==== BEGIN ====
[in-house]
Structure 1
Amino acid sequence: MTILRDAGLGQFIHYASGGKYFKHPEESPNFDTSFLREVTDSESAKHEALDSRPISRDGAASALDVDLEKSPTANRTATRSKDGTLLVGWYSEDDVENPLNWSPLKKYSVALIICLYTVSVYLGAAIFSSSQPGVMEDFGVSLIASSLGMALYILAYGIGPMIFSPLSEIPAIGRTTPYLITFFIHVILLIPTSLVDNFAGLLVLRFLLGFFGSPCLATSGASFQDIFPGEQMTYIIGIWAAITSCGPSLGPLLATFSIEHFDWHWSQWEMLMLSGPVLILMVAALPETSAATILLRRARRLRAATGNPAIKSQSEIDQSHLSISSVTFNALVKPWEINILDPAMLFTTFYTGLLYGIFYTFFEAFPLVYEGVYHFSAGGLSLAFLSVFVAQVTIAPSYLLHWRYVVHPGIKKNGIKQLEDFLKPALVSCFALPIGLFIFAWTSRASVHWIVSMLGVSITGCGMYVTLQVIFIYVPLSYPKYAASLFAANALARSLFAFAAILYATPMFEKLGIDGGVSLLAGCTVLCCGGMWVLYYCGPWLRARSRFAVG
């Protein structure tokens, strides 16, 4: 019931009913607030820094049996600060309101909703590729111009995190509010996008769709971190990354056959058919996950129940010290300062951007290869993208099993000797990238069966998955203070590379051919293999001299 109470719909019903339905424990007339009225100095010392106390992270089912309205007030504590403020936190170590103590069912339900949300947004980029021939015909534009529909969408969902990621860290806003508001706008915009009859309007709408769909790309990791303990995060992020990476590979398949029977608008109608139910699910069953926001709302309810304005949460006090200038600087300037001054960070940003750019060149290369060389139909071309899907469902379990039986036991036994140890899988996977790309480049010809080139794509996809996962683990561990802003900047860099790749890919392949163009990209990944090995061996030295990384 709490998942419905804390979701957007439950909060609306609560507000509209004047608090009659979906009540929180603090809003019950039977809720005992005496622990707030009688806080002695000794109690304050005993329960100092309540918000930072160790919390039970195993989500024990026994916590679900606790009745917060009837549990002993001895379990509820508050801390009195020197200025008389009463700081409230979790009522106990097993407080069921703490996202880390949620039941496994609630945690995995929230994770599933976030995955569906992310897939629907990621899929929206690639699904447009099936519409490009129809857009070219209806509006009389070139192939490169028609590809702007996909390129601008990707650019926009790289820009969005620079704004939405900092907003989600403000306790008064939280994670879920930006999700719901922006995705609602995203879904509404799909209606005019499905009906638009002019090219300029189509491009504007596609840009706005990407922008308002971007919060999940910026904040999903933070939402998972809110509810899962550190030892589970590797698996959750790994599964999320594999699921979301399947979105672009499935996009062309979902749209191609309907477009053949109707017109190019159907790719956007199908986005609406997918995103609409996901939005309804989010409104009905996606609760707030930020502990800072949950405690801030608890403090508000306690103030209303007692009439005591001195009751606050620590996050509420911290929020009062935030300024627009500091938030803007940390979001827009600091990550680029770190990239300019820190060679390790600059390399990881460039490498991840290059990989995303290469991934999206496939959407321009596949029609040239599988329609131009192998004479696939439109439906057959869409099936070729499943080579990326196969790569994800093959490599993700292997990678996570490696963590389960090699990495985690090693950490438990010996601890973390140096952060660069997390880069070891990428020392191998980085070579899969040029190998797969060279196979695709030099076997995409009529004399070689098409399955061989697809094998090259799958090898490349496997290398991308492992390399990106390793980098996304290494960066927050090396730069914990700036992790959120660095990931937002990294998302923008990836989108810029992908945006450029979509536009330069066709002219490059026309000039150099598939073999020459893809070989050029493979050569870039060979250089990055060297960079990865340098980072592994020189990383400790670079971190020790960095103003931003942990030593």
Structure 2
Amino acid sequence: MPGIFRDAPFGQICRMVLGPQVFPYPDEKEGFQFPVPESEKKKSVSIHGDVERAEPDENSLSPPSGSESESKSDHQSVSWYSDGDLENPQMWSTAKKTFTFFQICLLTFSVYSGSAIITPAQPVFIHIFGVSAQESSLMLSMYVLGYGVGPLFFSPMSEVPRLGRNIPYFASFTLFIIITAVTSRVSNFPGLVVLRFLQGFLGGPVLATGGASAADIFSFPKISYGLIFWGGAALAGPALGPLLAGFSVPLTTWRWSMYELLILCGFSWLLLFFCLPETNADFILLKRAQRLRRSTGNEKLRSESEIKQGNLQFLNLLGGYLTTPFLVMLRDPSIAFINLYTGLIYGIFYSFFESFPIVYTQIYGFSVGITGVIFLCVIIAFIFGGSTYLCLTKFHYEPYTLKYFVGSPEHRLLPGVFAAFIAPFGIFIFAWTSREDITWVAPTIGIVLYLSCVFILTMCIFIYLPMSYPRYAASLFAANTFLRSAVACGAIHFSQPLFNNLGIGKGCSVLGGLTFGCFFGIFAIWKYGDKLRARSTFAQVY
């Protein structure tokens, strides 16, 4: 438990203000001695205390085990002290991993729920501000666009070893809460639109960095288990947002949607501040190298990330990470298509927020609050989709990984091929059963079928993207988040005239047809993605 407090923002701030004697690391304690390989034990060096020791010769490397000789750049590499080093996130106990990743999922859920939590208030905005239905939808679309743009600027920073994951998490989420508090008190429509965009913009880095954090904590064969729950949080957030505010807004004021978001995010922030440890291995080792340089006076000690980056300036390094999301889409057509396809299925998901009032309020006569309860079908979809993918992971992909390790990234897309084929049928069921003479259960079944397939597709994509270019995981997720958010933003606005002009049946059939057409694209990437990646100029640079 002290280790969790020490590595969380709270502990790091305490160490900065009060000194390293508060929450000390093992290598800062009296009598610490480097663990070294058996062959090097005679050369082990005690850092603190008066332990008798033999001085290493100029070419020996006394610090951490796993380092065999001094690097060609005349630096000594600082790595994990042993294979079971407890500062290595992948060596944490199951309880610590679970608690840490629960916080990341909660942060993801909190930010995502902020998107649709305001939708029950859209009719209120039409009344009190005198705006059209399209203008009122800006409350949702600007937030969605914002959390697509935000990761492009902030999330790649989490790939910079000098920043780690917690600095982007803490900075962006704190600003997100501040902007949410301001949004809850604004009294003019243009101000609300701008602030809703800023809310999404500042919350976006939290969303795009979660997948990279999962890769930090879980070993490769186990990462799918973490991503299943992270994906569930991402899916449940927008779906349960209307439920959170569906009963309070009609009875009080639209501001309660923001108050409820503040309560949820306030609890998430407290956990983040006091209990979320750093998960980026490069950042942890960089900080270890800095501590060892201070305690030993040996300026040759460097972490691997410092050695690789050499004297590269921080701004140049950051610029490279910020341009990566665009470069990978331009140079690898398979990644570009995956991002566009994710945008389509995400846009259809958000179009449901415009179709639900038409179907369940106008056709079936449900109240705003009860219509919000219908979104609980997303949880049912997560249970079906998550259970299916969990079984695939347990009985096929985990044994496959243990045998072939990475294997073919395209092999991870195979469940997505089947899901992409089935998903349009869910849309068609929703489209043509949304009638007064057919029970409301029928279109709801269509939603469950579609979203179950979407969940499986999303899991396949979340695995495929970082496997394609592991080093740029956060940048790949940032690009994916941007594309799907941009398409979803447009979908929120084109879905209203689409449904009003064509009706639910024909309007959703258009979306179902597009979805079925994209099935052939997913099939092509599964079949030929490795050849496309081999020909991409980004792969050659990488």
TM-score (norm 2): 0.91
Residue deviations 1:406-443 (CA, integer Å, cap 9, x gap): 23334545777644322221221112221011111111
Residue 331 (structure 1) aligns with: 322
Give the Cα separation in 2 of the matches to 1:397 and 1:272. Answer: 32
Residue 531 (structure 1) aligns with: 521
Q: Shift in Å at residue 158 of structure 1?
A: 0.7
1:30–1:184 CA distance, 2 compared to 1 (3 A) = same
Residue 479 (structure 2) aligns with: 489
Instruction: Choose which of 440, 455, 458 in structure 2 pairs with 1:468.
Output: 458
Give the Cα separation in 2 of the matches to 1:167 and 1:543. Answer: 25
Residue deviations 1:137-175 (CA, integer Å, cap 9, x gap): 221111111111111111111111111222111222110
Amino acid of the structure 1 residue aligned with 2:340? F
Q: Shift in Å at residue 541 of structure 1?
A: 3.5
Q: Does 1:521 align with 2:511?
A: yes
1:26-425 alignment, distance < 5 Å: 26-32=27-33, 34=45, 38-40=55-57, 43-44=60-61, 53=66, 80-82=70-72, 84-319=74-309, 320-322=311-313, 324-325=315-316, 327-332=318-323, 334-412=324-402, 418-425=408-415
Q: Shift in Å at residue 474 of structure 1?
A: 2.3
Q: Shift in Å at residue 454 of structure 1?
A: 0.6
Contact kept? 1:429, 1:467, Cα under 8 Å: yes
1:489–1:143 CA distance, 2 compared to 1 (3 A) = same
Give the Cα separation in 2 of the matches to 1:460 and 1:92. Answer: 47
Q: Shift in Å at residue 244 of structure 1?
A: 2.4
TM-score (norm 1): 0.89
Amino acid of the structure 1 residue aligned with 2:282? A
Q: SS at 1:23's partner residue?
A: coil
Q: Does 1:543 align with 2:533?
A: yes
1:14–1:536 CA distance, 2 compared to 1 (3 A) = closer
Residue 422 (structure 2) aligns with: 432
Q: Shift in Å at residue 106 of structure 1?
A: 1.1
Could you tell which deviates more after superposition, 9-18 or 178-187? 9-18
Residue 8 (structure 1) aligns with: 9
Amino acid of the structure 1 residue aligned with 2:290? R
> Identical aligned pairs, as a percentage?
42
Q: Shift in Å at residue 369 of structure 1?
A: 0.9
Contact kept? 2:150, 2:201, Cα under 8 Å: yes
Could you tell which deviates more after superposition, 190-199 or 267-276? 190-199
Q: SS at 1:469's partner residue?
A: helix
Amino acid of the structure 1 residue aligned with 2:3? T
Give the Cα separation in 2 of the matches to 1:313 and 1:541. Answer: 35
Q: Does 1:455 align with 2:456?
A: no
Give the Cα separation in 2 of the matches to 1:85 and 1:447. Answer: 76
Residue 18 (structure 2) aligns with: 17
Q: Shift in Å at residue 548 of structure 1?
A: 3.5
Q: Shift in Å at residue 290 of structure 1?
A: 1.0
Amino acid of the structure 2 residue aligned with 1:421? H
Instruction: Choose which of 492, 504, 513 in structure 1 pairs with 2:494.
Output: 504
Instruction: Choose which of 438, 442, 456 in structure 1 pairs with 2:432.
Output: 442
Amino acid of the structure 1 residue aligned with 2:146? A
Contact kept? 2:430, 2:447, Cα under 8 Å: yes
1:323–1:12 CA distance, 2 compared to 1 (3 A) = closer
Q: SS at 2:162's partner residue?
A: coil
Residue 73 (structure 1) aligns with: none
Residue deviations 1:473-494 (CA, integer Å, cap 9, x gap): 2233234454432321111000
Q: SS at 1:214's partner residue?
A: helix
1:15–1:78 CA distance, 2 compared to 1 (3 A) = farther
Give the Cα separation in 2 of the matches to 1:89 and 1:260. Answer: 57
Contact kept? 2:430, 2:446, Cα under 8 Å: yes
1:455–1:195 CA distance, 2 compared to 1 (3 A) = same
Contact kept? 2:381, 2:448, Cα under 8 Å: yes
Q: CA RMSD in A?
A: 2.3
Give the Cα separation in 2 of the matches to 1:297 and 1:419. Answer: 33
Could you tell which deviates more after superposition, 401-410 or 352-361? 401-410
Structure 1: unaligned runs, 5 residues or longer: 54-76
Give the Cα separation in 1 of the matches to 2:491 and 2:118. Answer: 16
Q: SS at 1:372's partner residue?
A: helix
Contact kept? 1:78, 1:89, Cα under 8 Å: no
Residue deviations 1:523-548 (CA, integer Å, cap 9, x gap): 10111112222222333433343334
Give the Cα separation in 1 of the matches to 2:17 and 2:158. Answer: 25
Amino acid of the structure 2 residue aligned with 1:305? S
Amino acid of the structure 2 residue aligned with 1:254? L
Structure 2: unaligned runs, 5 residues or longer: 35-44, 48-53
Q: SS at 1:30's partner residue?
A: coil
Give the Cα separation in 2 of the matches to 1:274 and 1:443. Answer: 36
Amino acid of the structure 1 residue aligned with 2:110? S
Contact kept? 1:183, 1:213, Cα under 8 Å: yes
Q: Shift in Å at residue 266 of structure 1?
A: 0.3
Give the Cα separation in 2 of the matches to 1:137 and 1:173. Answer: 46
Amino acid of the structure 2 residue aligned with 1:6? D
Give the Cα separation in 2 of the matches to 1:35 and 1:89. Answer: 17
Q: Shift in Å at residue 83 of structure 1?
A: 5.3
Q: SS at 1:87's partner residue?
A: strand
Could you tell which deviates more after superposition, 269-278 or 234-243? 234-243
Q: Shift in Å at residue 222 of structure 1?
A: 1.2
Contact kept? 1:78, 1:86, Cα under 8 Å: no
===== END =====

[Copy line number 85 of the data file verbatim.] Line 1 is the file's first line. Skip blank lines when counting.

Contact kept? 2:381, 2:448, Cα under 8 Å: yes